The Bureaucracy of Hemp

07/10/2009 at 6:14 pm Leave a comment

Hemp Field

Hemp advocates continue to push hard to give back farmers the right to grow industrial hemp.  Enthusiastic supporters were thrilled by the decision of Oregon Governor Ted Kulongoski to sign SB 676 into law on August 4th, 2009.  The law permits the production, trade and possession of industrial hemp commodities and products.

By signing SB 676 into law, which passed with strong bi-partisan support, Governor Kulongoski has taken a proactive position allowing farmers to provide American manufacturers with domestically grown hemp and to profit from that effort.  American companies will no longer need to import hemp and American farmers will no longer be denied a profitable, new crop.

Despite industrial hemp being legal at a State level, Oregon growers are unable to get on with their business as they are required to obtain a permit from the DEA which is on the Federal level.   Washington still classifies hemp as an illegal drug in the same category as marijuana instead of identifying it as the agricultural crop that it is.  This sort of bureaucratic nonsense in turn  prevents farmers from moving forward, leading to little progress for the state’s nascent industry.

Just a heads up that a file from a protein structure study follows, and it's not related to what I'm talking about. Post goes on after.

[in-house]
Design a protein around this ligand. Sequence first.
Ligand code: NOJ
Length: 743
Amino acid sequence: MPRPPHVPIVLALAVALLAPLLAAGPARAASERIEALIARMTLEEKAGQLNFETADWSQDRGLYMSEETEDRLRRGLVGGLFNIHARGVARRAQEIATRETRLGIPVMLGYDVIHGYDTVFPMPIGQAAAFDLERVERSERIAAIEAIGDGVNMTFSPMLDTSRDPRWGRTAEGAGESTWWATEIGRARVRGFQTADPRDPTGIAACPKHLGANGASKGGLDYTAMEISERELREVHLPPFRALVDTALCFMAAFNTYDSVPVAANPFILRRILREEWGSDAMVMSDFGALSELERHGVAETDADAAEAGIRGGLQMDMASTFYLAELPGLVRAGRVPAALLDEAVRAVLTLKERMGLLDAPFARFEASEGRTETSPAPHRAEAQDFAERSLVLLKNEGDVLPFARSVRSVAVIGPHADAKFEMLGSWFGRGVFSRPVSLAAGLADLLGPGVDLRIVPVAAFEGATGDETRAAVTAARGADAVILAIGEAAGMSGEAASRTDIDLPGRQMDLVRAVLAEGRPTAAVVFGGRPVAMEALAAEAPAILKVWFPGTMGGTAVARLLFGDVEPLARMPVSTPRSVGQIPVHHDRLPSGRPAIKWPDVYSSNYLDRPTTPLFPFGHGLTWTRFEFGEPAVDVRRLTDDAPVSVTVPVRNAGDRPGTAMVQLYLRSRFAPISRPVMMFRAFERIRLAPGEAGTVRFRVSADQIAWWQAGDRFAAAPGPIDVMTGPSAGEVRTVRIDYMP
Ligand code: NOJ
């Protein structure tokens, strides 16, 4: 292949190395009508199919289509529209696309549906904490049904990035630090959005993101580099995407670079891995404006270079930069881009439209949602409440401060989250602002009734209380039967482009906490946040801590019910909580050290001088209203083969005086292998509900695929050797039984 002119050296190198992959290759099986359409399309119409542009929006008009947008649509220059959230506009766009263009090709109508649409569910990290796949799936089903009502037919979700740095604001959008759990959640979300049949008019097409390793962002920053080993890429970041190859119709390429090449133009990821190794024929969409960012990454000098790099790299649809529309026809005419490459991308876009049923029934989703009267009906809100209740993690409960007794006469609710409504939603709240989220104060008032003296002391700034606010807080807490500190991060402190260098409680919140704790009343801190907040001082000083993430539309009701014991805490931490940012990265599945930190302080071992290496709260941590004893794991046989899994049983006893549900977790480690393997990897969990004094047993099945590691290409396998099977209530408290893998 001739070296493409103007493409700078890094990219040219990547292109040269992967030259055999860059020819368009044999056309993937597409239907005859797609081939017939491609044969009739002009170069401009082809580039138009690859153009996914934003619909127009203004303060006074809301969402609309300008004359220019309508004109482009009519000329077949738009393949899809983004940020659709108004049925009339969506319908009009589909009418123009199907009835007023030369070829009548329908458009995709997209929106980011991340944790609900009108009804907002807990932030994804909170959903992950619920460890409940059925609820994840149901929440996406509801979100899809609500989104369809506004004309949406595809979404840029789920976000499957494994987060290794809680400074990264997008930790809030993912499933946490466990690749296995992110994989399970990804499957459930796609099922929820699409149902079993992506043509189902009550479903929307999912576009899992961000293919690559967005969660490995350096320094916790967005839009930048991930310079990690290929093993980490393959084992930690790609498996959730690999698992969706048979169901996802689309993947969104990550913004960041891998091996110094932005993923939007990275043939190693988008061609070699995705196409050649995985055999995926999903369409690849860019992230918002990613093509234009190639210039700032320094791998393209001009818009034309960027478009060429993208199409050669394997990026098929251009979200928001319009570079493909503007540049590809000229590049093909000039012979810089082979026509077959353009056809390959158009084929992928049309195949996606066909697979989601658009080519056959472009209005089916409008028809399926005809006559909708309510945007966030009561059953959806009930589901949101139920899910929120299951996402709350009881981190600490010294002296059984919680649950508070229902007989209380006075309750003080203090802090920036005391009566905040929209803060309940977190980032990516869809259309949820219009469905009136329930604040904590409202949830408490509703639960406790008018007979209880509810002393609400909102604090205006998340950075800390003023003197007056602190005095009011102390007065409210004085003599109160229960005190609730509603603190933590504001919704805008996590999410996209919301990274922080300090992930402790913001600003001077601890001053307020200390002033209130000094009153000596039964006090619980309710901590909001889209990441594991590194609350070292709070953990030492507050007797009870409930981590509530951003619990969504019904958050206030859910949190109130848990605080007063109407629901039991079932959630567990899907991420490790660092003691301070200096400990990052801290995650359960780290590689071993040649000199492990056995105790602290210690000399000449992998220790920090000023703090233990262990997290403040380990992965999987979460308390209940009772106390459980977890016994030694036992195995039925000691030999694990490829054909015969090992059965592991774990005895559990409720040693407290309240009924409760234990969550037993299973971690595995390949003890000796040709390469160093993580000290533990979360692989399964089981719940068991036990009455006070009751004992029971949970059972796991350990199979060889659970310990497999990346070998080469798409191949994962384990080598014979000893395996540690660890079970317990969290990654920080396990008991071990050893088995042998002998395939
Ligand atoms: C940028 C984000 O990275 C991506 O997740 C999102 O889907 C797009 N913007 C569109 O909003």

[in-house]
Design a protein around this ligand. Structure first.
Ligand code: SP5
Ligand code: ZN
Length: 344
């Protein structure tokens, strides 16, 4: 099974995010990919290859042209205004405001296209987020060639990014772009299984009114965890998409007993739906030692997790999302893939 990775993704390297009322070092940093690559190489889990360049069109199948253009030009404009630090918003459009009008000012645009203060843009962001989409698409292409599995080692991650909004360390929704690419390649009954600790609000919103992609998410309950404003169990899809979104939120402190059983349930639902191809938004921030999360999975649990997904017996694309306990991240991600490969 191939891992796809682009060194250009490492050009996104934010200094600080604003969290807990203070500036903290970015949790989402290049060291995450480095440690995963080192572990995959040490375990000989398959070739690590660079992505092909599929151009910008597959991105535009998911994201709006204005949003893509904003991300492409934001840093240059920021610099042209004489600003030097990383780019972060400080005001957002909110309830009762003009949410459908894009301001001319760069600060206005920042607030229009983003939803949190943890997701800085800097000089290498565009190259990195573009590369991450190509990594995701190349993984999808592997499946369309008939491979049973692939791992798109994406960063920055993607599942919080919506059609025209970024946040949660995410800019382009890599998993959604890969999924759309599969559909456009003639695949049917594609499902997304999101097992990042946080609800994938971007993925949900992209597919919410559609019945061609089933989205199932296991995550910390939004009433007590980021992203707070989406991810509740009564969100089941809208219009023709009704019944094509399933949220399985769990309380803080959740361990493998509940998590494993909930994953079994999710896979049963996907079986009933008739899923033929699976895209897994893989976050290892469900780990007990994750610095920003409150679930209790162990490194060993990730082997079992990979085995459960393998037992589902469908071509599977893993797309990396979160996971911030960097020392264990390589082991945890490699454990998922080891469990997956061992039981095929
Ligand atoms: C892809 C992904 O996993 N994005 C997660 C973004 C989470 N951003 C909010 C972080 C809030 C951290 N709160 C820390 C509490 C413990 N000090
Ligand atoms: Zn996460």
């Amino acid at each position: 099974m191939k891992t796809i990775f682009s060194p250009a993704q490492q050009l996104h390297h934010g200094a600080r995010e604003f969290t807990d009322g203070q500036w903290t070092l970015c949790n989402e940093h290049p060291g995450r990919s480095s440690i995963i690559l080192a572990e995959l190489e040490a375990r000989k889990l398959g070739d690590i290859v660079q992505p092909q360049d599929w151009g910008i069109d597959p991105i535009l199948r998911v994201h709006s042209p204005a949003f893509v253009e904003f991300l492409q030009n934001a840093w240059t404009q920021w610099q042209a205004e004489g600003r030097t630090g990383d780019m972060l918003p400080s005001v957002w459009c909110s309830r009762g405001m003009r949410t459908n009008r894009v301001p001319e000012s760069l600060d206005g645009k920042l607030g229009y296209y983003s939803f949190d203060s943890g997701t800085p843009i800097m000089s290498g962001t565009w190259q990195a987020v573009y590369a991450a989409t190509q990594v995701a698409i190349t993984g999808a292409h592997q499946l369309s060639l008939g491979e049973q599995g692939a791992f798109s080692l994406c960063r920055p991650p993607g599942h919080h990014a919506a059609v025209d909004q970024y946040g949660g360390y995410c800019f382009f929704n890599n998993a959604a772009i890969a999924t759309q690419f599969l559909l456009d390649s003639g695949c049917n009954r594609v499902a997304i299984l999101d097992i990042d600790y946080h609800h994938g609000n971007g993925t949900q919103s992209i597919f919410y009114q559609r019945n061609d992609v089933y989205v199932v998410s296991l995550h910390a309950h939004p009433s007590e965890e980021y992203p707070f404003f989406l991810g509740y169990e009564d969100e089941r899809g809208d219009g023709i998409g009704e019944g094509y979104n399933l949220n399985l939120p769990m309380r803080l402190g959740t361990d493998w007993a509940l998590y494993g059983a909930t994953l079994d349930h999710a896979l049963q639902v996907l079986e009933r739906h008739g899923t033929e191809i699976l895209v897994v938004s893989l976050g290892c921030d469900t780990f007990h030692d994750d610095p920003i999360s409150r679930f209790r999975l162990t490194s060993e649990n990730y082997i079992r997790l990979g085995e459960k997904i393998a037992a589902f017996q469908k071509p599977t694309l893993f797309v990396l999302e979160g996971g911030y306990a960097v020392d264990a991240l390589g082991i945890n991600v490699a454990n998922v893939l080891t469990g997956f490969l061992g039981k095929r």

Industrial hemp can be used in a wide variety of products including auto parts, building materials, fuels, paper, clothing and food to name a few.  The HIA estimates that the 2008 retail sales of all hemp products in North America to be about $360 million.  By allowing US farmers once again to grown hemp, legislators can clear the way for a new Billion Dollar Crop!

To find out what you can do to encourage and support domestic hemp farming, visit Vote Hemp for more information.

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